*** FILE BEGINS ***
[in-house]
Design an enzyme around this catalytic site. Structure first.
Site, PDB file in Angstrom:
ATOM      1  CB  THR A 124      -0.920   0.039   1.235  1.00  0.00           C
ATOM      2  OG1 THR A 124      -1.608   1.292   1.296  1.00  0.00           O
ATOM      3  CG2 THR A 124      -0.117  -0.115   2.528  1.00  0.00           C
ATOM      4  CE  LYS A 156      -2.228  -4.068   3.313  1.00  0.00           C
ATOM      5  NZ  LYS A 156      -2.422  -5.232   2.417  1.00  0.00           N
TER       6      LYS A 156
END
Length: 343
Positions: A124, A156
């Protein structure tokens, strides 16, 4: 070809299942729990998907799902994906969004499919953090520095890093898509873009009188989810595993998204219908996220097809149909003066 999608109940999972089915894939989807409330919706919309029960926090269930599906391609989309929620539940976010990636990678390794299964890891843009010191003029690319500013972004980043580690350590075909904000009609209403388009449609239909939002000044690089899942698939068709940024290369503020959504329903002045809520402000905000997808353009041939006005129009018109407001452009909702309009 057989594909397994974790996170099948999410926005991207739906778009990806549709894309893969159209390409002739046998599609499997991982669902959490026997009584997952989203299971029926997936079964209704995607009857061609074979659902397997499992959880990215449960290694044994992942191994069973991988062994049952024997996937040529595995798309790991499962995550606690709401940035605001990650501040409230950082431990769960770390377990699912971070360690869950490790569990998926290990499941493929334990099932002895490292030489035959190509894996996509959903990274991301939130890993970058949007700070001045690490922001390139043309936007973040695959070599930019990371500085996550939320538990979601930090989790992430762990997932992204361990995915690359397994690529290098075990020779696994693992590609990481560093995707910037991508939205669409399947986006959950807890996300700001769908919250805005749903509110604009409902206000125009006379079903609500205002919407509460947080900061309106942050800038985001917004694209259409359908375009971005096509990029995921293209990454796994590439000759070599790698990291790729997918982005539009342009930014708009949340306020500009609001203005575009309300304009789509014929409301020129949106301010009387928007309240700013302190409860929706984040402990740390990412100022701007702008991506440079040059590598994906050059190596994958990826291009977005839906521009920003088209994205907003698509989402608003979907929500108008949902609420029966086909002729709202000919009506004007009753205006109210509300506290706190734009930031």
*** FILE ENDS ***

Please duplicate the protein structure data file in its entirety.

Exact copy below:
[in-house]
Design an enzyme around this catalytic site. Structure first.
Site, PDB file in Angstrom:
ATOM      1  CB  THR A 124      -0.920   0.039   1.235  1.00  0.00           C
ATOM      2  OG1 THR A 124      -1.608   1.292   1.296  1.00  0.00           O
ATOM      3  CG2 THR A 124      -0.117  -0.115   2.528  1.00  0.00           C
ATOM      4  CE  LYS A 156      -2.228  -4.068   3.313  1.00  0.00           C
ATOM      5  NZ  LYS A 156      -2.422  -5.232   2.417  1.00  0.00           N
TER       6      LYS A 156
END
Length: 343
Positions: A124, A156
């Protein structure tokens, strides 16, 4: 070809299942729990998907799902994906969004499919953090520095890093898509873009009188989810595993998204219908996220097809149909003066 999608109940999972089915894939989807409330919706919309029960926090269930599906391609989309929620539940976010990636990678390794299964890891843009010191003029690319500013972004980043580690350590075909904000009609209403388009449609239909939002000044690089899942698939068709940024290369503020959504329903002045809520402000905000997808353009041939006005129009018109407001452009909702309009 057989594909397994974790996170099948999410926005991207739906778009990806549709894309893969159209390409002739046998599609499997991982669902959490026997009584997952989203299971029926997936079964209704995607009857061609074979659902397997499992959880990215449960290694044994992942191994069973991988062994049952024997996937040529595995798309790991499962995550606690709401940035605001990650501040409230950082431990769960770390377990699912971070360690869950490790569990998926290990499941493929334990099932002895490292030489035959190509894996996509959903990274991301939130890993970058949007700070001045690490922001390139043309936007973040695959070599930019990371500085996550939320538990979601930090989790992430762990997932992204361990995915690359397994690529290098075990020779696994693992590609990481560093995707910037991508939205669409399947986006959950807890996300700001769908919250805005749903509110604009409902206000125009006379079903609500205002919407509460947080900061309106942050800038985001917004694209259409359908375009971005096509990029995921293209990454796994590439000759070599790698990291790729997918982005539009342009930014708009949340306020500009609001203005575009309300304009789509014929409301020129949106301010009387928007309240700013302190409860929706984040402990740390990412100022701007702008991506440079040059590598994906050059190596994958990826291009977005839906521009920003088209994205907003698509989402608003979907929500108008949902609420029966086909002729709202000919009506004007009753205006109210509300506290706190734009930031």